Autonomous Self-Organization and Anarchist Intervention: A Tension in Practice

by Wolfi Landstreicher

Introduction: a few definitions and explanations
Any potentially liberatory struggle among the exploited and dispossessed must be based on autonomous self-organization. As anarchists, who are also usually among the exploited, we have every reason to participate in and encourage these struggles. But since we have specific ideas of how we want to go about our struggles and a specifically revolutionary aim, our participation takes the form of an intervention seeking to move the struggles in a specific direction. Having no desire to be any sort of vanguard or leadership or to be caught up in the joyless game of politicking, we find ourselves in a tension of trying to live our conception of struggle and freedom within the context of an unfree reality, of trying to confront the real daily problems we face with our own refusal to play by the rules of this world. Thus, the question of autonomous self-organization and anarchist intervention is an ongoing problem with which to grapple, refusing to fall into easy answers and faith in organizational panaceas. To begin exploring this question let’s start with a few definitions and explanations.

Autonomous self-organization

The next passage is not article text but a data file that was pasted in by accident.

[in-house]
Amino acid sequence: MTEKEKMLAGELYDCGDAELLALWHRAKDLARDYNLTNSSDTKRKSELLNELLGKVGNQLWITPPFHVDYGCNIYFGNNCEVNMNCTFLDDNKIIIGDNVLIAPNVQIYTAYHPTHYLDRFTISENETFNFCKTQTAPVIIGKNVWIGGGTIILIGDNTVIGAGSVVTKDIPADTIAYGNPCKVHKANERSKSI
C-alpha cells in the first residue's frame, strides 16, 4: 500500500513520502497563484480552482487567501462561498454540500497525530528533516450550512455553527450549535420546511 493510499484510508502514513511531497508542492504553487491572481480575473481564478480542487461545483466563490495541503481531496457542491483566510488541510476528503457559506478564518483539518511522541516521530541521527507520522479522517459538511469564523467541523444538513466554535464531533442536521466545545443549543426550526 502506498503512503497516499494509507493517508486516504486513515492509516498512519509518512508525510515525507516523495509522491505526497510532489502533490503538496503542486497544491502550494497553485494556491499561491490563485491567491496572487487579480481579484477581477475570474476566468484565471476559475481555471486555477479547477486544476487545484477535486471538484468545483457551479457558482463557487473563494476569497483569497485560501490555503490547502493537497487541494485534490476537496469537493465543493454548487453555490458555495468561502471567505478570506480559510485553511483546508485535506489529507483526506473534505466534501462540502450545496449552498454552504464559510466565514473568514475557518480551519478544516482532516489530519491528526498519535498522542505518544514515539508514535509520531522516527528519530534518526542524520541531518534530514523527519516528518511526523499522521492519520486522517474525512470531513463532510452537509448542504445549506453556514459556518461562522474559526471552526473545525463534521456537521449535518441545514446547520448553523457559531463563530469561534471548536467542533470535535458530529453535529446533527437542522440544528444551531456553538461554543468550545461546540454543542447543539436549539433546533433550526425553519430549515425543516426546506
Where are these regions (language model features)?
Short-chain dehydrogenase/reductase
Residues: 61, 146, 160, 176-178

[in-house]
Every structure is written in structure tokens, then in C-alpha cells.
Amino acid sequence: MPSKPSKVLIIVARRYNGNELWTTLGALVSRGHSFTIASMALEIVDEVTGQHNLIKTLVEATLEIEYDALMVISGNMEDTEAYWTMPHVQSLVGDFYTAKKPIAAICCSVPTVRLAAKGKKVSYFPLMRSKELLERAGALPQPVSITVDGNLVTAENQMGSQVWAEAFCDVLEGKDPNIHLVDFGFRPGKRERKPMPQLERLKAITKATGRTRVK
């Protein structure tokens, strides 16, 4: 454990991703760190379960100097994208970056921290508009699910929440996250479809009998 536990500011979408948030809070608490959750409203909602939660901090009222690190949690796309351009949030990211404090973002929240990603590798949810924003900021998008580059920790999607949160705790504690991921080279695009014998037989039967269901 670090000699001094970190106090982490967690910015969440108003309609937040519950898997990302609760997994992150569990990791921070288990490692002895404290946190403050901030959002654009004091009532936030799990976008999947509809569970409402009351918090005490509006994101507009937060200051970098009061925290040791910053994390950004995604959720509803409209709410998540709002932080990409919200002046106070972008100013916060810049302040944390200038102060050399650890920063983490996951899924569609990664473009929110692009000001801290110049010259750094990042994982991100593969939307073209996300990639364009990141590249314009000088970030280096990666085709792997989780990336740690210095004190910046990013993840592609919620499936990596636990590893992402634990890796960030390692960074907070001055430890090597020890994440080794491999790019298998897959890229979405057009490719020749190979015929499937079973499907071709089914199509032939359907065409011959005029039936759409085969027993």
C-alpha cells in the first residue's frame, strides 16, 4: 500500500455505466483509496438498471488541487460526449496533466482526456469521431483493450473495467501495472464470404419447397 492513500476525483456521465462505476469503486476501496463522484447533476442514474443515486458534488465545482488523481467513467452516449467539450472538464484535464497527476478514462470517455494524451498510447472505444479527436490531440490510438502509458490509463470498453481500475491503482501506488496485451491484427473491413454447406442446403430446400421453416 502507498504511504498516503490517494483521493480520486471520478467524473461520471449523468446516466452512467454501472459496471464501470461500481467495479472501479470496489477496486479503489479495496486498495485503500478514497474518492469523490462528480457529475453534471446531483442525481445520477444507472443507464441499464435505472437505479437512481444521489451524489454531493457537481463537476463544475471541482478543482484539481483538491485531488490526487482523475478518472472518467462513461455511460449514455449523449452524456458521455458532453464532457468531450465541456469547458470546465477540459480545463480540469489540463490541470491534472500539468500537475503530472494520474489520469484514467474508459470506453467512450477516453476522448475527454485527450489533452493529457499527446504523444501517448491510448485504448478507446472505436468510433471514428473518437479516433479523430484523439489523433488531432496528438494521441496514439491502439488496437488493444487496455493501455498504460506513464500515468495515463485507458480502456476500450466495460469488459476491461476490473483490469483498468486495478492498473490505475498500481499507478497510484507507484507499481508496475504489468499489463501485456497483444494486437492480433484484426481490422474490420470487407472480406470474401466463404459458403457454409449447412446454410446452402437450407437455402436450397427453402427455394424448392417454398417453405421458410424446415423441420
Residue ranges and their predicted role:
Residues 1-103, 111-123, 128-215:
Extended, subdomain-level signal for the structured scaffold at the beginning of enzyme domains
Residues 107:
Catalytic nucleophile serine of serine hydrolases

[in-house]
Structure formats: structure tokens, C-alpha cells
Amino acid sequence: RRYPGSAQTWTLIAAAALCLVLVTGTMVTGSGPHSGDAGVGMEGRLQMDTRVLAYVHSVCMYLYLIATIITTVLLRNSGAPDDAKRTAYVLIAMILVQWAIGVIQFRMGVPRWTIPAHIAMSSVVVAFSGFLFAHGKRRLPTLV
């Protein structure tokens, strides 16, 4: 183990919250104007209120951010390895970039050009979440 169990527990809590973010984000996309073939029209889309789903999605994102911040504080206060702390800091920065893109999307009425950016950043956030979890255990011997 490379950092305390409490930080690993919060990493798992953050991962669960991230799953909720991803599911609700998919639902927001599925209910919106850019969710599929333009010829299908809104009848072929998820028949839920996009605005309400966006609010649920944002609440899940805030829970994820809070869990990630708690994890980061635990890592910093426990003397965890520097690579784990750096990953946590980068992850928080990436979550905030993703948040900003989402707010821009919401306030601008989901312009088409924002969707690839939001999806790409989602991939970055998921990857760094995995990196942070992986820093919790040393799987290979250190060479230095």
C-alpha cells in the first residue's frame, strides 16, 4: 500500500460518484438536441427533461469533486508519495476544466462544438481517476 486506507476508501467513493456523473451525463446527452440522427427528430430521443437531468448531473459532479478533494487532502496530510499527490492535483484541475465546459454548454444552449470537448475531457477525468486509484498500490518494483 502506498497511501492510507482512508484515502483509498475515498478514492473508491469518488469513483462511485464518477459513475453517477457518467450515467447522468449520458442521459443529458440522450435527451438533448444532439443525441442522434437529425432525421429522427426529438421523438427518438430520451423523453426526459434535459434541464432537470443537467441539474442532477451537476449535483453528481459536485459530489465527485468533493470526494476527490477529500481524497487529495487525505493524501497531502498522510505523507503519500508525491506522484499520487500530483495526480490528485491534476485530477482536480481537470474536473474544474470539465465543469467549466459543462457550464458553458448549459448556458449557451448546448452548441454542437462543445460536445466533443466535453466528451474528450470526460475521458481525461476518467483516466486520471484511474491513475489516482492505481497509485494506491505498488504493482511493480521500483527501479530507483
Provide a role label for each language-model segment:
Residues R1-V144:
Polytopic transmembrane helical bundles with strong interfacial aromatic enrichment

When I speak of autonomous self-organization, I am speaking of a specific phenomenon that tends to arise whenever people, angered by their conditions and having lost faith in those delegated to act for them, decide to act for themselves. Autonomous self-organization therefore never manifests in the form of a political party, a union or any other sort of representative organization. All of these forms of organization claim to represent the people in struggle, to act in their name. And what defines autonomous self-organization is precisely the rejection of all representation. Parties, unions and other representative organizations tend to interact with autonomous organization only in the form of recuperators of the struggle, striving to take over leadership and impose themselves as spokespeople of the struggle — usually with the aim of negotiating with the rulers. Thus, they can only be viewed as potential usurpers wherever real self-organized revolt is occurring.

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